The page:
Israeli Government Pushes National Biometric Database With Claims Of Security Superiority Nobody Thinks Are True

from the painting-a-target dept

There has been something of a push in recent years in different countries to build biometric databases of varying degrees. These efforts are typically marred by pushback and controversy, with countries like Argentina using these databases in order to have law enforcement chill its citizenry from protests in the streets, with our very own FBI rolling out its own biometric database that lacked the promised privacy oversight with which it had been billed. Despite the fact that you can nearly set your watch to the speed with which such lists will be abused, these previous efforts at least paid lip-service to the notion that the databases would focus only on criminals in their respective countries.

That isn’t the case for the decree made by Israeli Interior Minister Aryeh Deri about the plans for a new compulsory biometric database for all Israeli citizens.

Interior Minister Aryeh Deri sparked controversy Wednesday when he announced that all Israelis must join the national biometric database. Deri said everyone would be required to upgrade their ID cards and passports to “smart cards” embedded with their personal biometric characteristics, including fingerprints. The pilot biometric database was launched about three years ago and caused a public uproar, with many said they would refuse to be included.

It’s amazing how things can change. The Israeli government really ought to know better than to create a database of its citizens. One might refer to it as a registration of Jewish people with the government, in a way. I seem to recall others in history creating lists of Jews and it didn’t work out all that well.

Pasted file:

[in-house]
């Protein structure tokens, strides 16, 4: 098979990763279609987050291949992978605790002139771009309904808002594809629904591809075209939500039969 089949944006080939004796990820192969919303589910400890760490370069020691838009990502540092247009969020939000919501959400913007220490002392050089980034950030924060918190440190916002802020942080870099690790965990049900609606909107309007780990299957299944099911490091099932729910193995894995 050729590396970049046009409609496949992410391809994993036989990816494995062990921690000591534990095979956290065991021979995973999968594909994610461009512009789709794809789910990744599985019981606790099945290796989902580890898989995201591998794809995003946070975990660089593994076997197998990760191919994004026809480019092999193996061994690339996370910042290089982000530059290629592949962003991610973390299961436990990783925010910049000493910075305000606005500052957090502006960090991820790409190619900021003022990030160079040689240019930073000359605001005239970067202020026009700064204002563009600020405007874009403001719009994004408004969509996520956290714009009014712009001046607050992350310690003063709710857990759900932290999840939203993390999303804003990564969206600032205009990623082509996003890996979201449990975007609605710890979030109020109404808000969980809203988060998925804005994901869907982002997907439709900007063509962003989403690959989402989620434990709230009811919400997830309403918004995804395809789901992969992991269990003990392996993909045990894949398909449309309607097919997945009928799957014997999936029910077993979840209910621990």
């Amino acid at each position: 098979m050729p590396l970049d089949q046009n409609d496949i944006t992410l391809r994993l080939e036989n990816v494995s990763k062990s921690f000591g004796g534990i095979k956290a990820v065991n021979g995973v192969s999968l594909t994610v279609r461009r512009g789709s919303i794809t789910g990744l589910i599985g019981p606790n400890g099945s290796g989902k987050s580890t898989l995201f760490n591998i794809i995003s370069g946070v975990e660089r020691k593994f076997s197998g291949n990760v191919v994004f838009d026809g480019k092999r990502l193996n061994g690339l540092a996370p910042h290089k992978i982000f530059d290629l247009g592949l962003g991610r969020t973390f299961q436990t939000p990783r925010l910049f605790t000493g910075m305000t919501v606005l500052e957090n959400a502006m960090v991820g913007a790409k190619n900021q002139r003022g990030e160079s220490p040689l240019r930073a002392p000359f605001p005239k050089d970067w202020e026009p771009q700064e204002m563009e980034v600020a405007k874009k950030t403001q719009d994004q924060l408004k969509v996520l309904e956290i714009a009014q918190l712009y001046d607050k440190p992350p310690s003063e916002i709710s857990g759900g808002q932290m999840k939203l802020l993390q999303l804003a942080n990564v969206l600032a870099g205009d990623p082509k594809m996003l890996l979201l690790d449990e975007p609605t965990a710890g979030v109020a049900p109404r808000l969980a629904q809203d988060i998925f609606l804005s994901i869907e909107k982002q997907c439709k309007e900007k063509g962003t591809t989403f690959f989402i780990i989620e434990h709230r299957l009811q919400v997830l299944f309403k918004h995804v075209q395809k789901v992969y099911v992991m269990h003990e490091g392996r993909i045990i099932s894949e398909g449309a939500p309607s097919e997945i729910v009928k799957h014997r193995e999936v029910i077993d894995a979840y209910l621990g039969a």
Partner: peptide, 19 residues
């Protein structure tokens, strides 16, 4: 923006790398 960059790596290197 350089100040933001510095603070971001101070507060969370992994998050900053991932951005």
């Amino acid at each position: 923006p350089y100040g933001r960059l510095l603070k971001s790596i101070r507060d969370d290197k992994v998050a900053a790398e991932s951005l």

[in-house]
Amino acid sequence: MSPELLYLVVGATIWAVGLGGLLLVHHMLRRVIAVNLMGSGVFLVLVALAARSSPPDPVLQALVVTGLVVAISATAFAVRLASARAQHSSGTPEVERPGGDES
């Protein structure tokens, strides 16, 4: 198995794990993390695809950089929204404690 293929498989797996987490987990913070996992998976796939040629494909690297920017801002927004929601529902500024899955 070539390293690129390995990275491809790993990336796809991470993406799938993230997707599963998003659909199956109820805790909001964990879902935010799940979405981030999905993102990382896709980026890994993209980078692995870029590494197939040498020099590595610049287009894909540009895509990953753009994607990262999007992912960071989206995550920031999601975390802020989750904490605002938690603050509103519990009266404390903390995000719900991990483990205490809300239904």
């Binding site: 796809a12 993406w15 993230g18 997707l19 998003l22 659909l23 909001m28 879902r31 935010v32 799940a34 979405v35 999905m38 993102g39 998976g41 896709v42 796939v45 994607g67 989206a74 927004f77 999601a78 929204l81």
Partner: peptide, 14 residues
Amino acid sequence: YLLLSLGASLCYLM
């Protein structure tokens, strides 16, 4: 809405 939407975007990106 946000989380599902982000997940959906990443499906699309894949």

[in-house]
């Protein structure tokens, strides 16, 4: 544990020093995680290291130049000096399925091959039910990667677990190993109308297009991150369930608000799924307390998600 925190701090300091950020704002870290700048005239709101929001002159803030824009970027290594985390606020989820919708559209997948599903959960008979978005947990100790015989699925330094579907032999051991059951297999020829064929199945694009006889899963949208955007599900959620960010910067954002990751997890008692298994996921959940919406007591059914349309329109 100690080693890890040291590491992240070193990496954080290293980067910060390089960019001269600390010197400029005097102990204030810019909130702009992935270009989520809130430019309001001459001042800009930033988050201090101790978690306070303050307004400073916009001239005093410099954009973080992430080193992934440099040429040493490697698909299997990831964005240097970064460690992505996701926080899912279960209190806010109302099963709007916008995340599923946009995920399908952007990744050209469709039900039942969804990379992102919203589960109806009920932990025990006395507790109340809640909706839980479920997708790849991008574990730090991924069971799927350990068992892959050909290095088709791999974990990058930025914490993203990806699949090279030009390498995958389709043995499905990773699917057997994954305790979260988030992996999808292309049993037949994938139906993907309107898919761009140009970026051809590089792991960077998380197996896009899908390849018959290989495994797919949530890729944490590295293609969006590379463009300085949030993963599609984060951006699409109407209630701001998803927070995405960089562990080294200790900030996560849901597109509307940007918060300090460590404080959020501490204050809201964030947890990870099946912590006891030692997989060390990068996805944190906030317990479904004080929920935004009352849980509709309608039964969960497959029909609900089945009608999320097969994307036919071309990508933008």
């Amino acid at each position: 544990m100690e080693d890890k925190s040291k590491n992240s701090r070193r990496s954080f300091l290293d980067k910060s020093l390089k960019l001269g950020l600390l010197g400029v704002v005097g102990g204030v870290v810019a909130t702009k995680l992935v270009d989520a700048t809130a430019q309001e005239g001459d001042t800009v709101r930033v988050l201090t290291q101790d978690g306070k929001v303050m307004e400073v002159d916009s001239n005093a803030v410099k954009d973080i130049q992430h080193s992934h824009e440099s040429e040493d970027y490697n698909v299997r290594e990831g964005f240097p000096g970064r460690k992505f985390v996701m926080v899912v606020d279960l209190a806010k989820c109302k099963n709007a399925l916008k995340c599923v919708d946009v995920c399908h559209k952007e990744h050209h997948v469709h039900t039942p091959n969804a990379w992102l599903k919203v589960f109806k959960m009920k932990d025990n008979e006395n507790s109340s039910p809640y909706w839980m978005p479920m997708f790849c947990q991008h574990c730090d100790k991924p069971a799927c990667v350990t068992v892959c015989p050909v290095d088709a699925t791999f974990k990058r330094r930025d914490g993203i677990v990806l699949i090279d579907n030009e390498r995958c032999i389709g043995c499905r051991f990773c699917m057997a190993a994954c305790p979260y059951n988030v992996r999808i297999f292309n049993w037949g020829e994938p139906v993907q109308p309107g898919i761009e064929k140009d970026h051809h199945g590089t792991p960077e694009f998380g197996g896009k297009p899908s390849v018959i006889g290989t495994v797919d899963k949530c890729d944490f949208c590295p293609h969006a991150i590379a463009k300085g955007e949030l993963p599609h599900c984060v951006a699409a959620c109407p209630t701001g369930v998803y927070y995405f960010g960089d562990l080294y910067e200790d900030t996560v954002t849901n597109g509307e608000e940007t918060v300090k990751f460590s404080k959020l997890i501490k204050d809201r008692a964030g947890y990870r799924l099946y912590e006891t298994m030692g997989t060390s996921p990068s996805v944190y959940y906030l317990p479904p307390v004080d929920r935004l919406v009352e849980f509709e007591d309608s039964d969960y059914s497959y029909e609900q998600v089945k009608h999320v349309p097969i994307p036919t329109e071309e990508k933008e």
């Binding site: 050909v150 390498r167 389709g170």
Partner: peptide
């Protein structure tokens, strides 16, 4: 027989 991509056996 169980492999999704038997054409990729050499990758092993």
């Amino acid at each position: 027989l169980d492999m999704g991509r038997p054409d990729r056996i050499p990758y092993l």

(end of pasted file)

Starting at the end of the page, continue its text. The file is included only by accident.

Now, nobody would suggest that the Israeli government would want to persecute its own people a la Nazi Germany. Nor do we need to Godwin ourselves in this post so readily. The problem is that creating this database is akin to painting a target on the backs of the Jewish people, a people already in the crosshairs of many of their neighbors. To this, Deri and his office have responded with claims of how necessary the database is and how sure they are that they can secure it against outside hacking by terrorist groups. Few are buying the latter claim.

The Digital Rights Movement, which has been waging a campaign against the database since its inception, announced that it will file a High Court of Justice petition against the move. The group has launched a crowdfunding campaign to finance the legal battle.

“Only in Israel will it become possible to collect the fingerprints of every citizen,” the group said in a statement. “Contrary to the opinions of 74 of the best information security and encryption experts in Israel, the interior minister is spinning a tall tale about how secure the database is and that it cannot be hacked — but he is wrong. It is not for nothing that 70% of the public has refused to be included in this database.”

Dr. Tehilla Shwartz Altshuler of the Israel Democracy Institute warned that “this is a problematic decision that subjects highly sensitive information to danger. Having any kind of biometric database endangers our privacy as a whole. Studies in Israel and abroad have proved unequivocally that such a database will be breached and that officials with access to it will abuse it.”

Whatever use law enforcement might have in such a database surely is mitigated by the potential danger from both outside groups getting access to it or by internal abuse within the Israeli government. As the quote aboves suggests, these sorts of lists are practically begging to be abused and/or targeted. Again, I would think the goverment of Israel would be especially sensitive to the dangers here. Its citizens certainly are.

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Comments on “Israeli Government Pushes National Biometric Database With Claims Of Security Superiority Nobody Thinks Are True”

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Roger Strong (profile) says:

Re: Re:

The local DMV won’t be anywhere near as secure as the Office of Personnel Management. You know, the folks whose data breach was reported last year. The identities, financial information, personal details and more, for millions of American government employees with security clearances, plus their relatives. 21.5 million people total. Details on which of them are in financial difficulty. Even 1.1 million fingerprints, making secret agents no longer safe even if their names are changed.